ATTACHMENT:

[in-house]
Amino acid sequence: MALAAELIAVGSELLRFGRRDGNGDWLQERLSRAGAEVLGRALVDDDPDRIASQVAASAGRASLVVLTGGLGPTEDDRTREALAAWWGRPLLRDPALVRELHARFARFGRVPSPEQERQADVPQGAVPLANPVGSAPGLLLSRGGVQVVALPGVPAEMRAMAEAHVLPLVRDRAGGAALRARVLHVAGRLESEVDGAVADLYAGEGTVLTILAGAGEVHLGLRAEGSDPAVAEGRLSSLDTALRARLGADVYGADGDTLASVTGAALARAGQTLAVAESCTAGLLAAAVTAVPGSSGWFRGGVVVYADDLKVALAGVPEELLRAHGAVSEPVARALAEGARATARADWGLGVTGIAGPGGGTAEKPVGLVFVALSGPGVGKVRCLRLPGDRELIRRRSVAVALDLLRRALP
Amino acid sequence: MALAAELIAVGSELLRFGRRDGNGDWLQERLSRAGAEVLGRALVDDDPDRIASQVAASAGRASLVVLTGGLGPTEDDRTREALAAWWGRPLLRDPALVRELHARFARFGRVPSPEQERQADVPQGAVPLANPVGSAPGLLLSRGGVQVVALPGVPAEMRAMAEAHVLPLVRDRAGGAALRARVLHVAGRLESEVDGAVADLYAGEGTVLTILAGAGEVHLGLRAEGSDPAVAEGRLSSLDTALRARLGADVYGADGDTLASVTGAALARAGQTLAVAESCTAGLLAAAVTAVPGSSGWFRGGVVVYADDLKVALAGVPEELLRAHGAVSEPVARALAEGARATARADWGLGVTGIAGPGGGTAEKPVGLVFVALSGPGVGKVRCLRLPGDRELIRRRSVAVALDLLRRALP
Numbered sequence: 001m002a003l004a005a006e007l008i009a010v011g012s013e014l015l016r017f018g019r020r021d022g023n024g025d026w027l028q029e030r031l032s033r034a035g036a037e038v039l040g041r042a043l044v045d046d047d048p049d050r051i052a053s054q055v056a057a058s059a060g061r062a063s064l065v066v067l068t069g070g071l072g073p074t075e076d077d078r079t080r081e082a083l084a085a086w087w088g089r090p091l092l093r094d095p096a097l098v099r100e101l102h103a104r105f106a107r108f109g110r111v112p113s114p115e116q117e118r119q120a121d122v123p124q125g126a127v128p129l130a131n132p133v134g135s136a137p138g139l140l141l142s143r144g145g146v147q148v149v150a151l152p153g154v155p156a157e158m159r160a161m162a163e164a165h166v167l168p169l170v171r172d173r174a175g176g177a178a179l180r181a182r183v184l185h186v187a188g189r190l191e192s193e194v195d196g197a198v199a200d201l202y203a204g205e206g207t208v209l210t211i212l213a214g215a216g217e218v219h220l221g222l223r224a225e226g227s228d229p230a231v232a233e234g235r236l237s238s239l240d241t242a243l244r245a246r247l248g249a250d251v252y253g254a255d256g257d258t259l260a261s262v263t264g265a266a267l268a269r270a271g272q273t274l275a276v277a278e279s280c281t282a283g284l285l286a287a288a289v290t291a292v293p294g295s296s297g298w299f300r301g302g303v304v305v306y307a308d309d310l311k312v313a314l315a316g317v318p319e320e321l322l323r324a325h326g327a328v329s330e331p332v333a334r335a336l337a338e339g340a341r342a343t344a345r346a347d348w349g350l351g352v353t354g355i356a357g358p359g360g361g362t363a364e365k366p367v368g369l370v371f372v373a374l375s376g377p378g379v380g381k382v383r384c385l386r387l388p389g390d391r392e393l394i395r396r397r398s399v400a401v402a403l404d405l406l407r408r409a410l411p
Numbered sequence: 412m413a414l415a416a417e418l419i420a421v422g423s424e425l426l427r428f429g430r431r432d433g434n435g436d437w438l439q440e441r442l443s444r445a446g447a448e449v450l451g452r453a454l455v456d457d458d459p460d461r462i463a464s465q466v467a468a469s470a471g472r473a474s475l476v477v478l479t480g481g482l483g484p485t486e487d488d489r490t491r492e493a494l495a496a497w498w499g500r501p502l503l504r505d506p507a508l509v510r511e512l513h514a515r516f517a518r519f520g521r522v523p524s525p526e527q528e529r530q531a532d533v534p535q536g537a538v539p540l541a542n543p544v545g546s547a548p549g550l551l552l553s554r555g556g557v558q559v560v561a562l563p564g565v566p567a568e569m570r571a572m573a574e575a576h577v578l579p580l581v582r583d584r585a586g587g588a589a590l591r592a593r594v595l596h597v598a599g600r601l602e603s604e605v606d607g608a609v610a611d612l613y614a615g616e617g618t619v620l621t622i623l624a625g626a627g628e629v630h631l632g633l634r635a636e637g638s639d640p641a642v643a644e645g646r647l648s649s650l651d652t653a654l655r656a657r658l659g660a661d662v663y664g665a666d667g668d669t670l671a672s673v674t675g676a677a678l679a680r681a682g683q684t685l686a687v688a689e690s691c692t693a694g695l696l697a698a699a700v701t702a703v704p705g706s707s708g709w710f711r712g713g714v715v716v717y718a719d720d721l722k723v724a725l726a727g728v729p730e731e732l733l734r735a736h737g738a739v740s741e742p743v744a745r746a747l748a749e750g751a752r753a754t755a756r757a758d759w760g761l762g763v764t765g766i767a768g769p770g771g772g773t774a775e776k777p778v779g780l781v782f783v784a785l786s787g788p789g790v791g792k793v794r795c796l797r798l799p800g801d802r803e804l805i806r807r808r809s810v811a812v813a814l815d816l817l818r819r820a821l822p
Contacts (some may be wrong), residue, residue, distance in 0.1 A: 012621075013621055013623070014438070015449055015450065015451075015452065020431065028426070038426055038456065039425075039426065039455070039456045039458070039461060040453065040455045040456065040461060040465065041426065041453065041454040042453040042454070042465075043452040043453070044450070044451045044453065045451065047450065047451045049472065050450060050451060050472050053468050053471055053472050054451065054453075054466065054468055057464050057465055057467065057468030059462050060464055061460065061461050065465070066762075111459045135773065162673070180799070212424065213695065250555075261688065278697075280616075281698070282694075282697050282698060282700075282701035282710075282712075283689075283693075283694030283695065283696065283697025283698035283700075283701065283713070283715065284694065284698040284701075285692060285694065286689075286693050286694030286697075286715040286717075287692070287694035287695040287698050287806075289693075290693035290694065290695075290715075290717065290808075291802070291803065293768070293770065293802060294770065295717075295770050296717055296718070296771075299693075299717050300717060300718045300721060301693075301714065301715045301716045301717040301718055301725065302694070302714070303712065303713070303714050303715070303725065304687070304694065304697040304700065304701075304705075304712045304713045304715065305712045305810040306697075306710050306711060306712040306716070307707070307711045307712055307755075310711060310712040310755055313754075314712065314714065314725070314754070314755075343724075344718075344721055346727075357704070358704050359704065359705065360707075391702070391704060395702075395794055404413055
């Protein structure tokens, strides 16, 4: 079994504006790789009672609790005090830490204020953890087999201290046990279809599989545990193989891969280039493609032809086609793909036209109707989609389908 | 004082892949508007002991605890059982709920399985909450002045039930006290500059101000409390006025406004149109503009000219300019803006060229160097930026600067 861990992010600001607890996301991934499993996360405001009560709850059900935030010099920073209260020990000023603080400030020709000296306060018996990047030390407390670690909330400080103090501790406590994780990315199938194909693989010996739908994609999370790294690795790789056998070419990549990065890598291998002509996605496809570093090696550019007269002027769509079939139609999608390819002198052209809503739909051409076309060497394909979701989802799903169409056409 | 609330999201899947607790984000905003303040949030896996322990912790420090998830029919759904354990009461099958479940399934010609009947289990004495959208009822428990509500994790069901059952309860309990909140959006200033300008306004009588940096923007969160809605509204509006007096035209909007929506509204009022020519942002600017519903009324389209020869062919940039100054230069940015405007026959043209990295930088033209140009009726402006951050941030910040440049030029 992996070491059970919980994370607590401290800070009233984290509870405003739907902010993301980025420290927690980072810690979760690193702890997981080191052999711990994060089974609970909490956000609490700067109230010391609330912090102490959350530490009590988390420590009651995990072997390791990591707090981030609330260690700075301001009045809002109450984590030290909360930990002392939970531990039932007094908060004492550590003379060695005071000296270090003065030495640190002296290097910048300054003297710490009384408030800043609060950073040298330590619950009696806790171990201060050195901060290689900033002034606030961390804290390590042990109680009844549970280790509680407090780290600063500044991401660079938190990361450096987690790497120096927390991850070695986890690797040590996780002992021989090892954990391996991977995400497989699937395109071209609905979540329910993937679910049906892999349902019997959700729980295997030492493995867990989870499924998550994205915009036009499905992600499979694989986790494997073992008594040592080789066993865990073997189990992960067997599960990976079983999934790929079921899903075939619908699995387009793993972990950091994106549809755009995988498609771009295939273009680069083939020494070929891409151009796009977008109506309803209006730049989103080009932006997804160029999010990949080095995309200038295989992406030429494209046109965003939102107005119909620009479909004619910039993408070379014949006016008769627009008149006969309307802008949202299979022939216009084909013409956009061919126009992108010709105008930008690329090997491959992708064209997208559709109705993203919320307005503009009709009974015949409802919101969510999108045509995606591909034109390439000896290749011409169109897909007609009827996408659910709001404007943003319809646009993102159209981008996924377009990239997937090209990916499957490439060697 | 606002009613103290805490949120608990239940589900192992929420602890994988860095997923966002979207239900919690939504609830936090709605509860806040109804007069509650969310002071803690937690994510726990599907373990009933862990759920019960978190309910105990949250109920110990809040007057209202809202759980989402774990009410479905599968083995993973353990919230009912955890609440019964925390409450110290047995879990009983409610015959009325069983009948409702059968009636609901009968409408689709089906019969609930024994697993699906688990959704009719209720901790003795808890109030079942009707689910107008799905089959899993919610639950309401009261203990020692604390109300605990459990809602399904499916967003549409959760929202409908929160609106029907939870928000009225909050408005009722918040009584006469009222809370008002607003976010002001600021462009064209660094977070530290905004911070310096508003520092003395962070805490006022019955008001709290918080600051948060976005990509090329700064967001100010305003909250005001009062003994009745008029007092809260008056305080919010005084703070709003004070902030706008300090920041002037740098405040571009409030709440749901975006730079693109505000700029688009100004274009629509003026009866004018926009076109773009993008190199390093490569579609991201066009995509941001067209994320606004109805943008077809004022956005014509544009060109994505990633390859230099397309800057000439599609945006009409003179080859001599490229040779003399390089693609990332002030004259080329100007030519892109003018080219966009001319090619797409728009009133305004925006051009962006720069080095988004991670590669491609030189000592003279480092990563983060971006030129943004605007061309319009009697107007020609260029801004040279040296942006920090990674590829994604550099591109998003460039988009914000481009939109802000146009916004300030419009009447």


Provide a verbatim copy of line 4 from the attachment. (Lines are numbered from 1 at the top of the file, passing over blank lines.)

Numbered sequence: 001m002a003l004a005a006e007l008i009a010v011g012s013e014l015l016r017f018g019r020r021d022g023n024g025d026w027l028q029e030r031l032s033r034a035g036a037e038v039l040g041r042a043l044v045d046d047d048p049d050r051i052a053s054q055v056a057a058s059a060g061r062a063s064l065v066v067l068t069g070g071l072g073p074t075e076d077d078r079t080r081e082a083l084a085a086w087w088g089r090p091l092l093r094d095p096a097l098v099r100e101l102h103a104r105f106a107r108f109g110r111v112p113s114p115e116q117e118r119q120a121d122v123p124q125g126a127v128p129l130a131n132p133v134g135s136a137p138g139l140l141l142s143r144g145g146v147q148v149v150a151l152p153g154v155p156a157e158m159r160a161m162a163e164a165h166v167l168p169l170v171r172d173r174a175g176g177a178a179l180r181a182r183v184l185h186v187a188g189r190l191e192s193e194v195d196g197a198v199a200d201l202y203a204g205e206g207t208v209l210t211i212l213a214g215a216g217e218v219h220l221g222l223r224a225e226g227s228d229p230a231v232a233e234g235r236l237s238s239l240d241t242a243l244r245a246r247l248g249a250d251v252y253g254a255d256g257d258t259l260a261s262v263t264g265a266a267l268a269r270a271g272q273t274l275a276v277a278e279s280c281t282a283g284l285l286a287a288a289v290t291a292v293p294g295s296s297g298w299f300r301g302g303v304v305v306y307a308d309d310l311k312v313a314l315a316g317v318p319e320e321l322l323r324a325h326g327a328v329s330e331p332v333a334r335a336l337a338e339g340a341r342a343t344a345r346a347d348w349g350l351g352v353t354g355i356a357g358p359g360g361g362t363a364e365k366p367v368g369l370v371f372v373a374l375s376g377p378g379v380g381k382v383r384c385l386r387l388p389g390d391r392e393l394i395r396r397r398s399v400a401v402a403l404d405l406l407r408r409a410l411p